Shared Parental Leave

Shared parental leave was introduced in 2015 and is designed to give parents more flexibility in how they share the care of their child in the first year after birth or adoption. Read on to find out who’s eligible and what they’re entitled to under the current laws.

Shared parental leave is available to the mother, father or the mother’s spouse or partner, including civil partners and same sex partners. After the initial two weeks of statutory maternity leave and allowance for the mother, and paid paternity leave for the father, parents can share up to 50 weeks of leave and 37 weeks of pay between them.

Parents’ rights at work are an evolving area of discussion and legislation. However, while work place cultures vary, shared parental leave is a right. You and your partner are entitled to it, if you meet the criteria discussed below.

What is shared parental leave?

Shared parental leave was introduced by the government in 2015 to replace additional paternity leave. It’s a way of splitting parental leave between parents, giving couples more flexibility in deciding which parent takes time off work to look after a child. It doesn’t involve an increase in parental leave but it does mean you can choose how you divide leave between you and your partner.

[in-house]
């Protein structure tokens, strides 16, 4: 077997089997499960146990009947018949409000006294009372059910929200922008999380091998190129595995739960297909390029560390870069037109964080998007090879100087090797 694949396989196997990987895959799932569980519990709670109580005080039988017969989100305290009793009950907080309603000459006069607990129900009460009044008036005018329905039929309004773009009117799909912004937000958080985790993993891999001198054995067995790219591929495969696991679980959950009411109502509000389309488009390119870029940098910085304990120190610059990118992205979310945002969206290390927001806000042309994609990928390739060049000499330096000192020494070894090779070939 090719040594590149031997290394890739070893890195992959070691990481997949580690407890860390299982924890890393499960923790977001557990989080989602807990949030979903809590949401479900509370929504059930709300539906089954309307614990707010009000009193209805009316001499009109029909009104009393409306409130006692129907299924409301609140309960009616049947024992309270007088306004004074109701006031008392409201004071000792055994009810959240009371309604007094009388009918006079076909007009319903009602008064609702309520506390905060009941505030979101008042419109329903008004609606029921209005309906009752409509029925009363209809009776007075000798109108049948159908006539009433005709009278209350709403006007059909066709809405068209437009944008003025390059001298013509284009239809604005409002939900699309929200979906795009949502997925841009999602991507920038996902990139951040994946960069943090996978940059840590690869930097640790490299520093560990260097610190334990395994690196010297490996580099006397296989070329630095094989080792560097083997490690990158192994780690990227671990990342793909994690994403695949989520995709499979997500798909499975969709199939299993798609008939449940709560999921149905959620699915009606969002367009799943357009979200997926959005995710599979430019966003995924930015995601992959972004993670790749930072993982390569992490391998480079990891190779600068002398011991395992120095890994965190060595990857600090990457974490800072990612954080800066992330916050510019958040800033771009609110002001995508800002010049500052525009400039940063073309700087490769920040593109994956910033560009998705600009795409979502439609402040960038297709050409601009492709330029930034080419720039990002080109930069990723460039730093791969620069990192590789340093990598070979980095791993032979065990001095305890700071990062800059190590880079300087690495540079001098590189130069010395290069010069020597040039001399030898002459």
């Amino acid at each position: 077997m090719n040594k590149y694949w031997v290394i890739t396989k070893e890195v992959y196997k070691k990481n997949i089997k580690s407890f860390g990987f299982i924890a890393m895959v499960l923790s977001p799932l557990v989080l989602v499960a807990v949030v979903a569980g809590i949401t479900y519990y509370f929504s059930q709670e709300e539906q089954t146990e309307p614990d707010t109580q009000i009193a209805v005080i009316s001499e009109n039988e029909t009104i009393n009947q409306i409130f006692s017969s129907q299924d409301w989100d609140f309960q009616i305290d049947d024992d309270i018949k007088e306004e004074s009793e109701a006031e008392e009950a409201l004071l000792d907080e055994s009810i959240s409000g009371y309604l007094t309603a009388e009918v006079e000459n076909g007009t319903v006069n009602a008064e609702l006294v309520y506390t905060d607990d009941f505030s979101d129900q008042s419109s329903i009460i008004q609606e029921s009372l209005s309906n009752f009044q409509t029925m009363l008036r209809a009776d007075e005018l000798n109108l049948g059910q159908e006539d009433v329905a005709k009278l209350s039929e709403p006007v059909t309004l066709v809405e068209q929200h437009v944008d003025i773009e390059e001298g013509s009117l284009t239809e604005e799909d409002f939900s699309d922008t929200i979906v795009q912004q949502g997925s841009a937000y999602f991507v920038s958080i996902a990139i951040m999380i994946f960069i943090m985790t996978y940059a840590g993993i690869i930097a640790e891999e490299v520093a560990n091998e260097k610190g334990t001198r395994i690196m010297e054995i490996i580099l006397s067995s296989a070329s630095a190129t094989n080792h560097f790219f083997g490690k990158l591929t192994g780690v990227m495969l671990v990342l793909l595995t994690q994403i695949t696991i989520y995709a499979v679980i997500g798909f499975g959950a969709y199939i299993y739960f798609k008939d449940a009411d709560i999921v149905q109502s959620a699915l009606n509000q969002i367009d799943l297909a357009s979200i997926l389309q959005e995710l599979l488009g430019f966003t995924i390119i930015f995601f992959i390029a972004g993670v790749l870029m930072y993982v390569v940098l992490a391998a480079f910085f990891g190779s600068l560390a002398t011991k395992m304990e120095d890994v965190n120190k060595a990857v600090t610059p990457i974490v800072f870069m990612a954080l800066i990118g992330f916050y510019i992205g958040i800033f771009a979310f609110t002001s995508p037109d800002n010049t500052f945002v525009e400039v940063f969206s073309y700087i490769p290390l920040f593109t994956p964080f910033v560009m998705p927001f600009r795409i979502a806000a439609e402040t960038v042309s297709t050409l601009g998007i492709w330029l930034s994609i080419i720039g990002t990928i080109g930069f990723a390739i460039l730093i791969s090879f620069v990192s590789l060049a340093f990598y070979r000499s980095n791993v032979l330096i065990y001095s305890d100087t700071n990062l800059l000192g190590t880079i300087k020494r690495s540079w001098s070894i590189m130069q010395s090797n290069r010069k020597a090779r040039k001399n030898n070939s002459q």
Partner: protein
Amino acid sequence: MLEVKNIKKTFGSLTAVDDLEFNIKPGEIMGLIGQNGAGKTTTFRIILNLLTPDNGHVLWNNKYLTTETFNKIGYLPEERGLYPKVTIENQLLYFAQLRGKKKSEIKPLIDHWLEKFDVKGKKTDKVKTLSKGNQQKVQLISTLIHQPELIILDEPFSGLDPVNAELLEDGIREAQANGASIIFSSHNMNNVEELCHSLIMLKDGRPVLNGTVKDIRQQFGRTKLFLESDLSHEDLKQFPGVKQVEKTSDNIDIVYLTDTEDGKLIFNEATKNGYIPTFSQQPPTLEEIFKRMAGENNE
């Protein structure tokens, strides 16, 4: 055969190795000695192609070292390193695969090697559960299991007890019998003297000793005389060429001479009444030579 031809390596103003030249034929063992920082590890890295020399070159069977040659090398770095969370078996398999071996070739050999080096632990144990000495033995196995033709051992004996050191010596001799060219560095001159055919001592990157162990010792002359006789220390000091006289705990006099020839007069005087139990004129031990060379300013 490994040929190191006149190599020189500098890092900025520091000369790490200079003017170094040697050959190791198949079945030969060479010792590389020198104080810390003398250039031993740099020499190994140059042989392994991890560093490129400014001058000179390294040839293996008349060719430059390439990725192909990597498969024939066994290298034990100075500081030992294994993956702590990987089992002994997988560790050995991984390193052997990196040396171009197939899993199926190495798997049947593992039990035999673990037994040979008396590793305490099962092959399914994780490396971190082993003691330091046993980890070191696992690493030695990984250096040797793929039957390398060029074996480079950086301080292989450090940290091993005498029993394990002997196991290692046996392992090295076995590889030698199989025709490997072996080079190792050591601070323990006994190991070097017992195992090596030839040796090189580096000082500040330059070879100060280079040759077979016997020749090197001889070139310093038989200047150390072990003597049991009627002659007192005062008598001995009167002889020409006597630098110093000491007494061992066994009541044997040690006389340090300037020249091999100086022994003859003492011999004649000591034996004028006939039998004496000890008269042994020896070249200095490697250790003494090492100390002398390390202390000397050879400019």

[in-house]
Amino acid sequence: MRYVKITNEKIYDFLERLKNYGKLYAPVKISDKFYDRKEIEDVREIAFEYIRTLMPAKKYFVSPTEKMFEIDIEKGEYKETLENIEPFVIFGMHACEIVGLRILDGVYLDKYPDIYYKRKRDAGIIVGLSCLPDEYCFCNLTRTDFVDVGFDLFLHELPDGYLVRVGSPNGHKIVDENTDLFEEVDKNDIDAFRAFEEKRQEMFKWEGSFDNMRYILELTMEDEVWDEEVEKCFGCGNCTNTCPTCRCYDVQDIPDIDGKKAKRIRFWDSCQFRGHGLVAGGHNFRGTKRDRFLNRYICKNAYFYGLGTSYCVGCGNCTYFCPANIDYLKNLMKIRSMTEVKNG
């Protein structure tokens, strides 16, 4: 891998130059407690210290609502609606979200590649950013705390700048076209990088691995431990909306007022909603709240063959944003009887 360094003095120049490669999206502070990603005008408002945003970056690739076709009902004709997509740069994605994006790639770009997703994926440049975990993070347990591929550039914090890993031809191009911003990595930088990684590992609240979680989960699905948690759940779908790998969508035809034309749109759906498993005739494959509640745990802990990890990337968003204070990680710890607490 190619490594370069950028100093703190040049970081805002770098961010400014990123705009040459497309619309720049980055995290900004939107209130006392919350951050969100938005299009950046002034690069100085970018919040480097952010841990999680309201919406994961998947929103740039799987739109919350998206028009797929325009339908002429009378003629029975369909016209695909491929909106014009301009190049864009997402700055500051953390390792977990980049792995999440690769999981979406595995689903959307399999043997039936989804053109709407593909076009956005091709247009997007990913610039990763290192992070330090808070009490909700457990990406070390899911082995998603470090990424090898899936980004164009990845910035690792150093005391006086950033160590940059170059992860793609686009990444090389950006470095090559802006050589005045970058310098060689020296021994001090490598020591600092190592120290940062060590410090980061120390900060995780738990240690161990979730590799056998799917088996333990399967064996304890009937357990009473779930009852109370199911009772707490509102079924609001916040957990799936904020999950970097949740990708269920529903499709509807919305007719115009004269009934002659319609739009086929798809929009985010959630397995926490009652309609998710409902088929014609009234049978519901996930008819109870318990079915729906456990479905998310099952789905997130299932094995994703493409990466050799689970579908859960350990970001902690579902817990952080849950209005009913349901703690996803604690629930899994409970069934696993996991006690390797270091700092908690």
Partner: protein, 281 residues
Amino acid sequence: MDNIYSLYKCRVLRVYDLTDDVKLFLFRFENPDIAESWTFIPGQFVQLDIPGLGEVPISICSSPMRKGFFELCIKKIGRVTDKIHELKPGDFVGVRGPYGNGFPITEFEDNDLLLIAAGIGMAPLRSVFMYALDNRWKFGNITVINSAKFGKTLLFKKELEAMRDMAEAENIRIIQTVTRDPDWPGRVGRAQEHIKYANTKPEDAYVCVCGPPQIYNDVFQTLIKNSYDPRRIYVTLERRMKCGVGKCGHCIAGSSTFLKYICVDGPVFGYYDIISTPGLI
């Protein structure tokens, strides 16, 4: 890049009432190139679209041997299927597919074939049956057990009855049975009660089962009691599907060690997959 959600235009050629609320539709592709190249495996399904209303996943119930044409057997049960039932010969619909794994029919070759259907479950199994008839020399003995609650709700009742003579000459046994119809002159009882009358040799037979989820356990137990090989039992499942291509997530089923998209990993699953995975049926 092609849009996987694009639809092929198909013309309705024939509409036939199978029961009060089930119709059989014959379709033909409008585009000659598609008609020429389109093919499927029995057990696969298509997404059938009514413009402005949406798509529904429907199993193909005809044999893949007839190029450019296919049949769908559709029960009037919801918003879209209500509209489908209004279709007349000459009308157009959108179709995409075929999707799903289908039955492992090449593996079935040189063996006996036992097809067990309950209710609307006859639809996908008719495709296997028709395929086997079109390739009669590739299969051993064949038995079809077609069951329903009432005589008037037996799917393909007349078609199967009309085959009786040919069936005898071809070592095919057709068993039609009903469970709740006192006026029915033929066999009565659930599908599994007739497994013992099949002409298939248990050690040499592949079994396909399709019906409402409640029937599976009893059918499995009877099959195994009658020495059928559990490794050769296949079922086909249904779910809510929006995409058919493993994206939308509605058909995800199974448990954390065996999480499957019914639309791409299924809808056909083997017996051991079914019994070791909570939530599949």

Unlike maternity leave, shared parental leave doesn’t have to be taken in a single block of time and can be broken up into as many as three periods that fall within the first year from the child’s birth or date of adoption.

You and your partner can choose to take time off simultaneously or split the time up. It’s up to you, but once you've decided how to divide the leave, you'll need to agree it with your respective employers in advance. Ideally, you want to give them as much notice as possible, so that you’re in a strong position if they prove resistant. As we’ve already said, though, your employer can’t stop you taking parental leave.

Who can get shared parental leave?

To qualify for shared parental leave, you must pass the continuity of employment test which stipulates that parents must have worked for the same employer for 26 weeks by the beginning of the 15th week before the baby's due date. To get this date, find the Sunday prior to your baby’s due date on the calendar and count 15 Sundays back.